Saturday, August 18, 2012

1,000 Daily Challenge: Day Five

{This is the post that was supposed to appear on Friday, but I got too busy.}

Originally, when I began this challenge, I intended to write in all three of my WIP's this week.  However, after just one day of working on Rochesters, I pretty much abandoned my other two darlings and focused all my energies on Sky.  (Yes, I abbreviate compulsively.)  The poor Detectives never even had a chance.  Oh well, their time will come.  I rather consider Detectives to be my "kick back and relax" story.  It's so very nonsensical and doesn't really require much brainpower.  Just silliness.

But yesterday [Friday] I worked on Sky again (surprise!) and found myself struggling this time with bringing out what my characters are trying to say.  The two that are bothering me the most are Margot and Philippe, because neither of them are particularly open about their feelings.  In the 1,186 words I wrote, neither sibling had much dialogue.  This was partly because there was a good deal of narrative, and partly because I honestly couldn't imagine what they were supposed to be saying.  I would rather do anything than marry without affection write words for my characters that are not their own.

Have you encountered this?  Have you faced an emotion-packed scene that requires you to write what people are feeling and thinking (perhaps not in their own words, but in your own as narrator, at least) and you just don't know how to go about it?  I can't possibly be the only one.  What do you do about it?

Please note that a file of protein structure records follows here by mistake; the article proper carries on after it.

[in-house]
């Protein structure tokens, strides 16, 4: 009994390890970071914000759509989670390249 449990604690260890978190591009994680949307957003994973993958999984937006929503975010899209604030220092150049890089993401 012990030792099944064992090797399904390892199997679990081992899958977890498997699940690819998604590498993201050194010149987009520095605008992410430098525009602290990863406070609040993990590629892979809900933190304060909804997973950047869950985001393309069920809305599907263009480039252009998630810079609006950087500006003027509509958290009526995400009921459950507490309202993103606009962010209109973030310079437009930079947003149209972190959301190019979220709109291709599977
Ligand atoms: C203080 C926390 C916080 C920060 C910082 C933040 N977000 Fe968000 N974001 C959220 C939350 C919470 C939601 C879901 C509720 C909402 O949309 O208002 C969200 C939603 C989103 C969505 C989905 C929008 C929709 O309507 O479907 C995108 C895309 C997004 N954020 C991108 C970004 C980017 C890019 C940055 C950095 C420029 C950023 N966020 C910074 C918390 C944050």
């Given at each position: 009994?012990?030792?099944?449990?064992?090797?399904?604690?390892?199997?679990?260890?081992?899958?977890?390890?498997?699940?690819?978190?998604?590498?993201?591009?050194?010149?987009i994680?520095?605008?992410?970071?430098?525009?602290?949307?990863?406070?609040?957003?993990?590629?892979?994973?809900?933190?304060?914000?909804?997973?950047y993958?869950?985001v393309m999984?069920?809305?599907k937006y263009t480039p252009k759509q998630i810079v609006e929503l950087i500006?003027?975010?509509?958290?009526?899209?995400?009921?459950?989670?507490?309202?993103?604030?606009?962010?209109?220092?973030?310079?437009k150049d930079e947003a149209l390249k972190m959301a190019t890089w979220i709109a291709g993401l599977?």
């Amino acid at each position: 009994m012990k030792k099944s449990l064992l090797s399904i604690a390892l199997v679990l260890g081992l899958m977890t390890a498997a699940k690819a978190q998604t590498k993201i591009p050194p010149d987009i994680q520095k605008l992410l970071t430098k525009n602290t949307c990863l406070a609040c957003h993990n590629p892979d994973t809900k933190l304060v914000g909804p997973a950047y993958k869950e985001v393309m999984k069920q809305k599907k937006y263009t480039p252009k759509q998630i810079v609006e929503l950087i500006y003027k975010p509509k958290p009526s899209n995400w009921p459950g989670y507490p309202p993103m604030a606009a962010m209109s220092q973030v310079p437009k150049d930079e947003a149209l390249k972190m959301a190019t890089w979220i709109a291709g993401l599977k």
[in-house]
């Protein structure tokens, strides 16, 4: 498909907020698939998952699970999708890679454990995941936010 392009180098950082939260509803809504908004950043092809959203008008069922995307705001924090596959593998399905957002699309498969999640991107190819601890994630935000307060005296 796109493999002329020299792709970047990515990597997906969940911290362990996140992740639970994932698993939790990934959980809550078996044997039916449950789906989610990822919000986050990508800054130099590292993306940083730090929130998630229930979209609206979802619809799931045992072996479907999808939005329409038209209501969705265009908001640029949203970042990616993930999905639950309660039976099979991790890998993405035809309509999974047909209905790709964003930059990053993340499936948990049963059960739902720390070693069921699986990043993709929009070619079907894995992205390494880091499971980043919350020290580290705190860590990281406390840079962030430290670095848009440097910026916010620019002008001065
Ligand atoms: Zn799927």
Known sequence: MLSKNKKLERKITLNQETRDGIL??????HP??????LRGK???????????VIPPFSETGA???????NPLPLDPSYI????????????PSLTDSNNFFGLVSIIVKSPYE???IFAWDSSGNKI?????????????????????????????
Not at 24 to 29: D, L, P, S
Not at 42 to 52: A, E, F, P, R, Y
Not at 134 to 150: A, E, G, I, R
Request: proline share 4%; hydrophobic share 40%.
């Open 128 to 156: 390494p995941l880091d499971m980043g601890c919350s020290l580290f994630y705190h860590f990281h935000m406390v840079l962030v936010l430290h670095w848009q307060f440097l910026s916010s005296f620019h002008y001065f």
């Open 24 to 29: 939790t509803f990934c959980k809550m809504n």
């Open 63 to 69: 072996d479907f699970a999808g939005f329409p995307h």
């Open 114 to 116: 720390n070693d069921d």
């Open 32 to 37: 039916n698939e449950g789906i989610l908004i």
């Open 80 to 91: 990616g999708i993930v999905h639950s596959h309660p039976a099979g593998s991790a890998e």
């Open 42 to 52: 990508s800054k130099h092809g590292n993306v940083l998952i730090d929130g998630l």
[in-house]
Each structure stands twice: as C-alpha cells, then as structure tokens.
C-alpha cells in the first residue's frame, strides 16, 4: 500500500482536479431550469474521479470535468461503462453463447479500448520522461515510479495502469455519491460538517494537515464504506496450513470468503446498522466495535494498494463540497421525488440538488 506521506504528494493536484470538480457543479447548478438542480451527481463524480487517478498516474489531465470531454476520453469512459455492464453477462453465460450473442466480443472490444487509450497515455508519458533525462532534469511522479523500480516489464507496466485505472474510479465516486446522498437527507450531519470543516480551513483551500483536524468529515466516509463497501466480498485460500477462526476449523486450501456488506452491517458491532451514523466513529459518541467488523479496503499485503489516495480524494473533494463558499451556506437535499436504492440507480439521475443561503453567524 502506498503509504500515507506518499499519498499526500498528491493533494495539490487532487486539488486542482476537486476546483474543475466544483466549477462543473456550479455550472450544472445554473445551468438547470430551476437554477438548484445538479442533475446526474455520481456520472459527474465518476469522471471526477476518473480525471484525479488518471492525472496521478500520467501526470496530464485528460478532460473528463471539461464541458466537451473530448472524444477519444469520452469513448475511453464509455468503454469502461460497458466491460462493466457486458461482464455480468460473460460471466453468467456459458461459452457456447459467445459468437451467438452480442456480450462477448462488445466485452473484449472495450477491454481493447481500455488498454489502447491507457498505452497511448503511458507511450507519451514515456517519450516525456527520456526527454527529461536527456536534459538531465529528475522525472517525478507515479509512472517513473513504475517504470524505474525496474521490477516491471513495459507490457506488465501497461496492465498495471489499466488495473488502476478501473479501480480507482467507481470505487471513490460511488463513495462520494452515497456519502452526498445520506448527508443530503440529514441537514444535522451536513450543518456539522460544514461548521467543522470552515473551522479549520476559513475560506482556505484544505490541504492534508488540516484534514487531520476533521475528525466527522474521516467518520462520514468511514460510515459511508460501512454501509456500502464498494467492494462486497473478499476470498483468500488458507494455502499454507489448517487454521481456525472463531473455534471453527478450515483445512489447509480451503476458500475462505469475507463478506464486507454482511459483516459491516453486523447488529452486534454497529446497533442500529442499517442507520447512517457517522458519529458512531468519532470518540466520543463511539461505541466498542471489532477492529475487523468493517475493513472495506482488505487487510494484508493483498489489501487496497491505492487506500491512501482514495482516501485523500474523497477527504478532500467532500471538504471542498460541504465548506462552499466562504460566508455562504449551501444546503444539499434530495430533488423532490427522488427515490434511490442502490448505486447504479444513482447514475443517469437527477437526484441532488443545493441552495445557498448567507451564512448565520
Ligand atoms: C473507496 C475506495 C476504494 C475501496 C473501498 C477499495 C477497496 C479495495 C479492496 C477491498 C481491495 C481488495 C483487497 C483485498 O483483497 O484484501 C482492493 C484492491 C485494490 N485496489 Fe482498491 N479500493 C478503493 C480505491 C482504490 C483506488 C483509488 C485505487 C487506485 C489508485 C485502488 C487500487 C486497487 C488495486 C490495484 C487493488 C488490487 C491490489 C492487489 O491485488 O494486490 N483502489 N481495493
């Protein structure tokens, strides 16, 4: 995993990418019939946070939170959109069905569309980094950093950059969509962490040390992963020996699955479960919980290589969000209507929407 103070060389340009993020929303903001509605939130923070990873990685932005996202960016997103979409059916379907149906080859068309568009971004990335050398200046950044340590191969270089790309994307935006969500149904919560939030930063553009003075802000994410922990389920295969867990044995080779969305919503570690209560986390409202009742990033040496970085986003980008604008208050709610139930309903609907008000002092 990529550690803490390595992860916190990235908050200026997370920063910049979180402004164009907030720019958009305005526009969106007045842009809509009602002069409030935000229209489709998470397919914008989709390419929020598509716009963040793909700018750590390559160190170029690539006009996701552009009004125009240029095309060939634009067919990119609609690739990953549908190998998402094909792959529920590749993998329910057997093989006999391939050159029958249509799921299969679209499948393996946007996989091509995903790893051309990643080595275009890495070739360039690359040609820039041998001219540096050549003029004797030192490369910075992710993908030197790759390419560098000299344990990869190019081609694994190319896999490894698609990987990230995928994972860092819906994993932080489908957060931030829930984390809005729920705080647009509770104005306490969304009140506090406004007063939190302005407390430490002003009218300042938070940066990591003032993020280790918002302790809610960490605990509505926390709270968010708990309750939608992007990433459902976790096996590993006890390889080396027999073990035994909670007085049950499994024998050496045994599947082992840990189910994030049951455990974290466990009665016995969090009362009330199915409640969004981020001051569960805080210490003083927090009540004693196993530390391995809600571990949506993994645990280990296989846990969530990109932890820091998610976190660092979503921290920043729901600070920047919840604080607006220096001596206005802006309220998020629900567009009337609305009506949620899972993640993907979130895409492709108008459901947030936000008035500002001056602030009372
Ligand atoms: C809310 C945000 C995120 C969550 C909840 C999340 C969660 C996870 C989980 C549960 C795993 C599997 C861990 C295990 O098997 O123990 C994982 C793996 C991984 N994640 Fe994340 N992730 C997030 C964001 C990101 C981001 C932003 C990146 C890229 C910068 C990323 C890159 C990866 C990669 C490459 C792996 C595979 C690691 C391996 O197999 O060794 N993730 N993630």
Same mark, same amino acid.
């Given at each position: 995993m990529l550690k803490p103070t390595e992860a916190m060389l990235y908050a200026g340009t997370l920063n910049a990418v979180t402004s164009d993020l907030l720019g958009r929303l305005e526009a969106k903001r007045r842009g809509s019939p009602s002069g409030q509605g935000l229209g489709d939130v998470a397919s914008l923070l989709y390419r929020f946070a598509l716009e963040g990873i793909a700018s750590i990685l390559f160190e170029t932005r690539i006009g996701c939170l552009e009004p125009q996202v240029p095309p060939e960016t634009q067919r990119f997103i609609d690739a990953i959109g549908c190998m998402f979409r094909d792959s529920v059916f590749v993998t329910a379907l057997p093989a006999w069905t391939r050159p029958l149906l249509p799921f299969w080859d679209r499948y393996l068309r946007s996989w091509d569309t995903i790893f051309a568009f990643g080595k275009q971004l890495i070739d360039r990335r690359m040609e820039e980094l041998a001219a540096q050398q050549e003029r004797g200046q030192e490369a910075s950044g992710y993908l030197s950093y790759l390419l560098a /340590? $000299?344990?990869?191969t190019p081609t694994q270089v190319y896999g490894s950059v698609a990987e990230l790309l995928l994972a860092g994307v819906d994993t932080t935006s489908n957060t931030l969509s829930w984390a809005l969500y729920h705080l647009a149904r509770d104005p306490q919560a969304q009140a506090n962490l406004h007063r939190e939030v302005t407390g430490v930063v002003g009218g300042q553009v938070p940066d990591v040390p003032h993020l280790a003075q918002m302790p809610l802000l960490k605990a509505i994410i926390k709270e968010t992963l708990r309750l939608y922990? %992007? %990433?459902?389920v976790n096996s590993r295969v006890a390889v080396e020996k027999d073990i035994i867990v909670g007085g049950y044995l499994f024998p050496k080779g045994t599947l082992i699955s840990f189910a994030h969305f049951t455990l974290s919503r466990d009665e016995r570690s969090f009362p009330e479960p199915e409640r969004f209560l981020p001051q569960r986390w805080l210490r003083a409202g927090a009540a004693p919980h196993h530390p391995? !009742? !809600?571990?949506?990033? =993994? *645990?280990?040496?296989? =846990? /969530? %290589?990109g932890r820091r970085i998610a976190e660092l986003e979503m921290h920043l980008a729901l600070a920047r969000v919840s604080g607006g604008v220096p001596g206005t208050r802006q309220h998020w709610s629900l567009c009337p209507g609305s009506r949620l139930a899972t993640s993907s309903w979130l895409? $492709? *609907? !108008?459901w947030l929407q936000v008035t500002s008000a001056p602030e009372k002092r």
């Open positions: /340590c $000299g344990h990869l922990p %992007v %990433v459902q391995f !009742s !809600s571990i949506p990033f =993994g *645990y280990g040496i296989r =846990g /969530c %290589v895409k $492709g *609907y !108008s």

Philippe propped his chin in the palm of his hand. He said nothing for a moment, and when he finally did speak, it was softly and hesitantly. 

 “I don’t even know why we went. How much better it would have been for him to die here, among his family, and to be buried in his own, rightful grave with a decent funeral.”

“But you went for healing from the saint.” Margot hadn’t spoken throughout the entire meal, but now she gave Philippe a quizzical look. “I’m sure there would have been healing if you had only gotten there in time.”

“So it’s my fault, then, Margot?” Philippe raised his eyes from their blank stare at the bowl of cheese to Margot’s startled face. “If we had only left earlier or traveled faster, he would have lived? If I had taken better care of him, he might have made it to Canterbury, is that what you mean?”

How dare he twist her words in such a way? She hadn’t meant that at all.
~chapter two

1 comment:

Kendra E. Ardnek said...

I've found that the best thing do to with characters who don't want to talk is to don't make them. When they have something to say, they'll say it, but forcing them ... sounds forced.

Perhaps, when you go back and edit, they'll add their opinions, but I wouldn't worry about it.